We’ve all heard it. Anyone who has been working in education for any length of time knows by now: We can’t fix education if parents aren’t involved.
Unfortunately, too often we see well-meaning education reform efforts fail because their supporters didn’t cultivate buy-in, not only from educators, but from the families of the children they are designed to benefit.
Let’s make sure this doesn’t happen with personalized learning.
Personalized learning—and the growth of education technology tools to support it—has the potential to help level the playing field for many students, to take us out of an industrial model of teaching and into one that is truly customized to meet the needs of individual students.
It would be regrettable to miss this window of opportunity because we failed to do our part to engage parents and the communities we serve.
A new poll released by the Learning Assembly—a national network of organizations piloting and evaluating ed tech innovations with schools across the country—gives us some valuable insights on what parents today are thinking about personalized learning and technology.
This is promising. It means that 9 out of 10 parents are already supportive of our work. They understand its value and 87 percent of them believe technology can have a positive impact on student learning.
However, there’s a big gap when it comes creating common understanding. Using the phrase “tailored learning”—a proxy for “personalized learning”—yielded high support, but when parents were asked if they understand the exact phrase “personalized learning,” only 44 percent said yes. There is an opportunity here to expose parents to the innovations happening in our classrooms with the goals of informing, engaging and building demand for the work.
Parents also say that only 33 percent of schools are doing an excellent job using technology to personalize learning. Given that so many (93 percent) believe technology is a valuable tool to tailor learning, we’ve got a clear parental mandate to do better.
And when we do better, students will learn more. The survey found that parents who say their child’s school does an excellent job implementing technology were two and a half times more likely to say their child learned more.
Learning Assembly members in regions across the country are working directly with schools to help them implement technology well with the goal that more schools will fall into the “excellent” category and learning outcomes will rise.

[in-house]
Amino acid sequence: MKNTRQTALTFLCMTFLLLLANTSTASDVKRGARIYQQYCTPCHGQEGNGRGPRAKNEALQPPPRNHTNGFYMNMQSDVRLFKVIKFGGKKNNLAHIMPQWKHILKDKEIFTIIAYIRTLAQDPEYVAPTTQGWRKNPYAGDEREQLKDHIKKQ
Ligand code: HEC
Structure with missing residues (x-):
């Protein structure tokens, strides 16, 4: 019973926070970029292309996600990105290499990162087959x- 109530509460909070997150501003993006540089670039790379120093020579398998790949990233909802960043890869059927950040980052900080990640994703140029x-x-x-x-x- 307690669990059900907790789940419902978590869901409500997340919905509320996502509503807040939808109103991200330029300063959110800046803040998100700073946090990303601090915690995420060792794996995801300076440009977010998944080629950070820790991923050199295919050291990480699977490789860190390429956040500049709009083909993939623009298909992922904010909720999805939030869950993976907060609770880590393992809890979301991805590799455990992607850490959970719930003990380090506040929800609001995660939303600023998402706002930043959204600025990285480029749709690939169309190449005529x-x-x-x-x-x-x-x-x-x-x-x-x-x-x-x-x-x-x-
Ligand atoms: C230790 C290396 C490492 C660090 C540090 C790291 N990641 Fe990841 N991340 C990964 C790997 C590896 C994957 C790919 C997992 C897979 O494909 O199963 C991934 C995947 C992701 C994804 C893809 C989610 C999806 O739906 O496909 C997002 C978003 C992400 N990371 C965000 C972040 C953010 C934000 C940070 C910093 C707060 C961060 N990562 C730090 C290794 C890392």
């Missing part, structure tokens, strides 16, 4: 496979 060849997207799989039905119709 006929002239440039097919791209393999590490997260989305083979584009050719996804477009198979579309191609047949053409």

In places like Boston, LearnLaunch’s MASSNET (Massachusetts School Support Edtech Testbed) works with Boston Public Schools to craft implementation plans, provide ongoing instructional coaching and support, and collect and synthesize data about implementation and student outcomes.
At LEAP Innovations, our Pilot Network program works with schools for 18 months to implement personalized learning practices, and the edtech tools to support them. Early results indicate a +1.07 RIT score gain on NWEA among the students in our Pilot Network, as compared to the control group.
As stakeholders and educators, we see the promise of personalized learning to transform education. Now, we must create parent champions for the work who will demand that it be brought to scale and provide every child with a tailored education designed to unlock their potential.
Before starting LEAP, Phyllis was a driving force behind Chicago’s charter movement. As founding president and CEO of New Schools for Chicago, she helped raise more than $70 million to support opening 80 new public schools, primarily charters. Her work more than tripled the number of charter schools and drove Chicago’s first magnet school replication. For nearly a decade, she focused on bringing quality public schools to communities of high need and advocating for school choice.
Born and raised on Chicago’s south side, Phyllis is a graduate of the Chicago Public Schools system, and both of her parents were Chicago Public Schools teachers. She earned a Master of Management degree from the J.L. Kellogg Graduate School of Management at Northwestern University, and a Bachelor of Science degree in Industrial Engineering from Purdue University.
The Learning Assembly is a national network of organizations piloting and evaluating ed tech innovations with schools across the country. The Learning Assembly members include Citizen Schools, Digital Promise, Highlander Institute, iZone, LearnLaunch, LEAP Innovations and the Silicon Valley Education Foundation. Learning Assembly members collaborate with educators, ed tech companies and research partners to:
- Put teachers and school leaders at the center of the decision making process in the move towards personalized learning
- Rigorously assess and evaluate the best ed tech products in the market
- Raise the bar for quality in ed tech by analyzing and sharing evidence of learning outcomes
- Provide ed tech companies with critical feedback from teachers and students so they can improve their products
- Foster a community that shares knowledge, develops common tools and methods for our work and creates disciplined measurement and reporting practices